Facebook, Google, and Evil: Standard Operating Procedure?
January 23, 2012
One of the most over-used and little-understood words attached to online is “evil.” Long before Google, I was in a meeting at which ABI/INFORM announced per online type pricing. I think the person who described the decision to charge $0.25 per online type for Format 5 on Dialog was Martha Williams, one of the stalwarts of the online industry and a respected figure at the University of Illinois science and engineering libraries.
Evil, according to Dictionary.com–which is tough to use because of the ads for Zoho, InetSoft, and RingCentral–iterates through 10 definitions:
- morally wrong or bad; immoral; wicked: evil deeds; an evil life.
- harmful; injurious: evil laws.
- characterized or accompanied by misfortune or suffering;unfortunate; disastrous: to be fallen on evil days.
- due to actual or imputed bad conduct or character: an evil reputation.
- marked by anger, irritability, irascibility, etc.: He is known for his evil disposition.
- that which is evil; evil quality, intention, or conduct: to choose the lesser of two evils.
- the force in nature that governs and gives rise to wickedness and sin.
- the wicked or immoral part of someone or something: The evil in his nature has destroyed the good.
- harm; mischief; misfortune: to wish one evil.
- anything causing injury or harm: Tobacco is considered by some to be an evil.
Like many words in every day use, evil can denote or connote different shades of meaning.
I thought about these 10 definitions after I read “Facebook to Google: Don’t Be Evil, Focus on the User.” The write up presents a respected real journalist’s report about information exchanged in a meeting. The main point of the write up describes a way to make Google work the way it did before the social bonus program kicked in and the Google Plus avalanche rumbled down the roof of the Googleplex.
There was another point in the write up which I noted as well. I learned from the article:
It’d be interesting if millions of people adopted the tool, however I don’t think that’s the point. A story such as this is tailor made for the Techmeme leader board, to be sure, and will no doubt be the talk of the Valley today. By tonight, the story most likely will go national, and that can’t help Google’s image. And I’m quite sure the folks at Facebook, Twitter, and others (think LinkedIn, Yahoo, etc) are making sure word of this exemplar reaches the right folks at the Federal Trade Commission, the Department of Justice, Congress, and government agencies around the world.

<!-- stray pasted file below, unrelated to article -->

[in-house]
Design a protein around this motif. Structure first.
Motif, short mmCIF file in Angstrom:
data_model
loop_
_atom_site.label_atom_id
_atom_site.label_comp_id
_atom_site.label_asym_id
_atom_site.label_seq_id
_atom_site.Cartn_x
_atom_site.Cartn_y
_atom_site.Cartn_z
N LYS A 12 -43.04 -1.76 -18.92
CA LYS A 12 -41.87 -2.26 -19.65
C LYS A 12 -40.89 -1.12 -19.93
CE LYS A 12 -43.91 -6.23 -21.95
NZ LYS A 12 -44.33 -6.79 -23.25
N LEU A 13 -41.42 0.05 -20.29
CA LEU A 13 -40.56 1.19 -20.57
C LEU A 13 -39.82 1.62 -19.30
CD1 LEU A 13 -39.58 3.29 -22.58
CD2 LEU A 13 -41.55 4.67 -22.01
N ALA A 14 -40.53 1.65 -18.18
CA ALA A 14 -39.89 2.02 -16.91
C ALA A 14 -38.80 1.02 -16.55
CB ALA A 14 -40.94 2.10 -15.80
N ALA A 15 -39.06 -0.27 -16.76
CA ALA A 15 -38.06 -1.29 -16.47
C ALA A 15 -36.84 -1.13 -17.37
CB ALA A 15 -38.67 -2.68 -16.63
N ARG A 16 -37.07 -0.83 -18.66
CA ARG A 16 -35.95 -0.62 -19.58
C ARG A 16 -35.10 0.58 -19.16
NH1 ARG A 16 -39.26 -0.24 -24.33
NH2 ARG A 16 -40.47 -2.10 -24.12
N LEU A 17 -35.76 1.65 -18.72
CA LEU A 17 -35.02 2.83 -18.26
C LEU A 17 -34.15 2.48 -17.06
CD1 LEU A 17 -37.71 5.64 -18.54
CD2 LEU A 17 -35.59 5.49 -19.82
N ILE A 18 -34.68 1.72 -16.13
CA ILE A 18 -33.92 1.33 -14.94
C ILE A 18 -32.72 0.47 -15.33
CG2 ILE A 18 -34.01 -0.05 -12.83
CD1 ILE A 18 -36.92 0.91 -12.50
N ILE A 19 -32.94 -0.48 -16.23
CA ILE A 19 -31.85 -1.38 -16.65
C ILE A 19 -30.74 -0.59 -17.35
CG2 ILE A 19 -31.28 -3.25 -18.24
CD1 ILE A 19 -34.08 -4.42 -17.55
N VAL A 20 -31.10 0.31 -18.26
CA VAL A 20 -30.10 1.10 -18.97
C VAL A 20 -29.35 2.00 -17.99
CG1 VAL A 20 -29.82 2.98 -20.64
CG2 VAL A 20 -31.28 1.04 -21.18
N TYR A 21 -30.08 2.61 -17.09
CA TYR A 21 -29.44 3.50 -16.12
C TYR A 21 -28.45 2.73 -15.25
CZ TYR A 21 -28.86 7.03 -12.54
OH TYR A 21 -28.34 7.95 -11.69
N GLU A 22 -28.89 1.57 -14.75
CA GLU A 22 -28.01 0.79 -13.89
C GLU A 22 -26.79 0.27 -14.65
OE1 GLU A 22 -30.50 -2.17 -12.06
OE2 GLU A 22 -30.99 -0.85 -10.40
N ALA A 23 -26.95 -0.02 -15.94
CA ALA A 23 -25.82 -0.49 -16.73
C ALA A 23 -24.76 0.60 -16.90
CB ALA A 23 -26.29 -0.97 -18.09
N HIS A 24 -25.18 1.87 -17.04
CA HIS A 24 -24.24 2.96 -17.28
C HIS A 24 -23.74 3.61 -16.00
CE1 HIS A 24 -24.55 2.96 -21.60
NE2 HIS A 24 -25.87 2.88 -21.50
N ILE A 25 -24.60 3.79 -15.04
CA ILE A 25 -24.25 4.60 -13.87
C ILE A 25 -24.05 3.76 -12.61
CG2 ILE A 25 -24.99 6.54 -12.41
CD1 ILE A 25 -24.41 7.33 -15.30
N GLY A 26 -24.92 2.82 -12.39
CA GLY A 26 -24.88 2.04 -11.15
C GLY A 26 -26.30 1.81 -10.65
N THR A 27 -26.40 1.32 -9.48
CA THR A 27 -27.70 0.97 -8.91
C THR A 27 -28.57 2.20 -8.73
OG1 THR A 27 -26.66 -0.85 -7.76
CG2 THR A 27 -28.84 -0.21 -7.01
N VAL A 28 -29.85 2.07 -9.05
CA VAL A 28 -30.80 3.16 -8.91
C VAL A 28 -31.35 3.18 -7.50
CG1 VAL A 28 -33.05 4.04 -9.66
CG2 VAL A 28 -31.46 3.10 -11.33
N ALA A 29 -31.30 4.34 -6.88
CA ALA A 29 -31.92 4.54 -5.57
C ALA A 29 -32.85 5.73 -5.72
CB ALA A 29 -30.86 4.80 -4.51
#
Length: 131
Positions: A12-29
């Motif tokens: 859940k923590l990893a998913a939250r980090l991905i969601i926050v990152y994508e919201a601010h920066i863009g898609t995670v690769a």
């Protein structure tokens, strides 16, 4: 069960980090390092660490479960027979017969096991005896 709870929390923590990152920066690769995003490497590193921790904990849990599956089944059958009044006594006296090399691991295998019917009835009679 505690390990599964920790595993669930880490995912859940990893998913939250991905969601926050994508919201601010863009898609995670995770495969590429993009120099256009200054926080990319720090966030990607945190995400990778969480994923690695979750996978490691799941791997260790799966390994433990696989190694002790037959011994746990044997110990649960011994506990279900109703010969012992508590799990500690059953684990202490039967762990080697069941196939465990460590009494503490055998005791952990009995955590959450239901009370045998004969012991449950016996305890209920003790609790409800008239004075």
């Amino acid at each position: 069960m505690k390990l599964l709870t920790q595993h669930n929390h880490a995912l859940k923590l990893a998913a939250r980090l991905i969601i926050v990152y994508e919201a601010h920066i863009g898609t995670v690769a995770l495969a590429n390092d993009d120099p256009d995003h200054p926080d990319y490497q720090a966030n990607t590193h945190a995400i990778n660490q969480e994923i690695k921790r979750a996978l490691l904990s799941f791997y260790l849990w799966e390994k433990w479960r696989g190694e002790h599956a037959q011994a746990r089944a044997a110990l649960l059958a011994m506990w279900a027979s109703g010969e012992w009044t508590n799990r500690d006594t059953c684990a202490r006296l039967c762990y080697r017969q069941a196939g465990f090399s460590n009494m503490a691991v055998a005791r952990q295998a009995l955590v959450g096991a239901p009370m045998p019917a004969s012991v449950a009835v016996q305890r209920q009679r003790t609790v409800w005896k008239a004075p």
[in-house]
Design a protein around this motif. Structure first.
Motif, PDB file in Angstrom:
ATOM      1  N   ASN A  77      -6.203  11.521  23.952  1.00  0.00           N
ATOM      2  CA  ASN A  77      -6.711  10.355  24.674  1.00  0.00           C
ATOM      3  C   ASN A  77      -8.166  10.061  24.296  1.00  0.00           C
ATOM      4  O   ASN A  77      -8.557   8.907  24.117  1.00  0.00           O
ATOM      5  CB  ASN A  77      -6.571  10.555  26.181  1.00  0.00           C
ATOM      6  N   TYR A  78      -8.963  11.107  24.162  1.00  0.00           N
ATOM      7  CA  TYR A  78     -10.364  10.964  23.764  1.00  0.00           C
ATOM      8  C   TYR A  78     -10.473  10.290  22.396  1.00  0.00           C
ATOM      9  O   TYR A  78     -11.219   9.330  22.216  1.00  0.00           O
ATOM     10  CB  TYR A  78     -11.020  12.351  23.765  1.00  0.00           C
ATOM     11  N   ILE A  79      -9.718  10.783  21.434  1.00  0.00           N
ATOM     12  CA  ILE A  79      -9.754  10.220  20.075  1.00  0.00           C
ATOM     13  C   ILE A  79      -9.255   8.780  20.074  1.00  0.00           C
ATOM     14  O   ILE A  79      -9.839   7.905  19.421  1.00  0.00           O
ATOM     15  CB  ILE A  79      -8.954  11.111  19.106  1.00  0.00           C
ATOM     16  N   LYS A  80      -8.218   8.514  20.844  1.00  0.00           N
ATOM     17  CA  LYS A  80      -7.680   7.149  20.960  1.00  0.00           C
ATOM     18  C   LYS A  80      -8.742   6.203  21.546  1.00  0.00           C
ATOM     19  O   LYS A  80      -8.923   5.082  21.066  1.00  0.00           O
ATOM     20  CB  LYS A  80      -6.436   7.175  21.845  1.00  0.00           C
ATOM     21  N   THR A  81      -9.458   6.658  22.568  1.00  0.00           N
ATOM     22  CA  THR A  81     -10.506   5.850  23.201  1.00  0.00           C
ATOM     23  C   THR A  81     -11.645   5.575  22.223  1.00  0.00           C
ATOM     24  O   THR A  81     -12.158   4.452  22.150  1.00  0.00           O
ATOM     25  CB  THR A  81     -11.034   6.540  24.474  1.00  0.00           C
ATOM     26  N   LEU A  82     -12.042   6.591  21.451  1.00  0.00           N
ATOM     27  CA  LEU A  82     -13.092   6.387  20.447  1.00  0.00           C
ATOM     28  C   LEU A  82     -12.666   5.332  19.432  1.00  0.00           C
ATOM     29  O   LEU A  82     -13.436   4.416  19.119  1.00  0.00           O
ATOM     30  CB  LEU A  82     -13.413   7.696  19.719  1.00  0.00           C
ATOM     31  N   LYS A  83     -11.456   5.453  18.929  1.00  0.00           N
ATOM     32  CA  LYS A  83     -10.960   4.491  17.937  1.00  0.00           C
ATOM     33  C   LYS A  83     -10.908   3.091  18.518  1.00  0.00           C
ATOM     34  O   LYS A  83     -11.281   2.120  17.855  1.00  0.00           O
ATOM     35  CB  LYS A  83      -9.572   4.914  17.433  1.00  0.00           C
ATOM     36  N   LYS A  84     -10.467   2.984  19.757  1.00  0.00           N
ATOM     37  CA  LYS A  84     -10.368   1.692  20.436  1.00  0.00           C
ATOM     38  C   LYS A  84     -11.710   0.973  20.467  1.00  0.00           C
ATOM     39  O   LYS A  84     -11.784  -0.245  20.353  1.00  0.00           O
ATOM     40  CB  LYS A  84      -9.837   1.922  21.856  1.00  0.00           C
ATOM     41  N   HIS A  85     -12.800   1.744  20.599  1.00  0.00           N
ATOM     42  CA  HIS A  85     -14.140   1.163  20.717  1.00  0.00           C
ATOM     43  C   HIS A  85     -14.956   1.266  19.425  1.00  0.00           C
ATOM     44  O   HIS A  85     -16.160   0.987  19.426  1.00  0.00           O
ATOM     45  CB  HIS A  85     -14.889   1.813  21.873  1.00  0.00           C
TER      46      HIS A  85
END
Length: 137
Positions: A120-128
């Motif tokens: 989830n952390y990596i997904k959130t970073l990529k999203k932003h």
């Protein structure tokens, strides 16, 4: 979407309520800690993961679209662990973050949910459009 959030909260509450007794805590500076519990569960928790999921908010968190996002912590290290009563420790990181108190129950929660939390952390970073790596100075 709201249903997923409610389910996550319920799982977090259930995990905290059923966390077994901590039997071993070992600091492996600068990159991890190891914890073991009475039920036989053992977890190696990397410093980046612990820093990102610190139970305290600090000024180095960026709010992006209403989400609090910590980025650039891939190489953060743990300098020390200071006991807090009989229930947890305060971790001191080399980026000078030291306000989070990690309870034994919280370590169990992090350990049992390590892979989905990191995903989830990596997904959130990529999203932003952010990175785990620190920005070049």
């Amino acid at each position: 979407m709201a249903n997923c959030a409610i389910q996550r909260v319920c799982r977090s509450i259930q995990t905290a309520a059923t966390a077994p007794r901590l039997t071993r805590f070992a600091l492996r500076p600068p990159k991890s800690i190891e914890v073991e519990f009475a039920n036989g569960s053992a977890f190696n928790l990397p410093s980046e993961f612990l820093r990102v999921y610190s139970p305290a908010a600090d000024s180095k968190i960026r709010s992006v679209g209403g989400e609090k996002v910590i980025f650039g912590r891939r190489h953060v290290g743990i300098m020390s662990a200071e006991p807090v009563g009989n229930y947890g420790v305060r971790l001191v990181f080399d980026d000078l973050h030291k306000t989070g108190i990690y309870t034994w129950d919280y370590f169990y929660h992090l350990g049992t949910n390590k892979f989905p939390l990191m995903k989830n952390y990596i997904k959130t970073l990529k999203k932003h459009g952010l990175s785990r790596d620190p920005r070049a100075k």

My take is that the new Google-Facebook dust up is going to be intermediated and probably infused with oxygen by some Silicon Valley professionals. That’s okay because I think there are both business and technical reasons for Google and Facebook to square off. Among those reasons are ego and money. Google took a punch to the snoot with its softening advertising revenues. Facebook needs to be perceived as pre-eminent because of the initial public offering and the money. Hmmm. The common factor is money.
With online coalescing to monopolies, companies are not content to their gardens. Outfits like Facebook and Google see potential revenue growth via encroachment, me-too plays, and other all-American business methods.
What about evil?
When I think back to those freshman philosophy classes or talks at lunch with mom-free intellects in the university union, evil becomes fuzzy. The proper term may well be “relative.” Companies in online have little choice but fight hard in online. Once a gap in a service is discerned, competitors can use that opening to siphon off money.
What behavior is evil? Is it helping legal eagles in the US government take action against an alleged Google monopolistic method? Is it hiring staff from another company and then doing whatever it takes to tap into those employees’ knowledge to gain an advantage? Is it encouraging consultants and real journalists to write about a topic from a particular point of view? Is it stacking the deck so the user believes one thing about the service operator while the service operator taps into the flow of information to generate money?
My suggestion is to recognize that online at this time is mostly an ethics-free zone. What appears online often lacks context, can be difficult to verify, and is malleable. Evil in online is often necessity limited only by the consequences of taking a step too far. Right now anything goes. That more than the actions of a commercial enterprise managed by young billionaires defines a danger zone.
Who decides what is good or evil? Consultants, real journalists, billionaires, lobbyists, or governmental entities? I know I don’t make this type of distinction. Waste of time.
Stephen E Arnold, January 23, 2012
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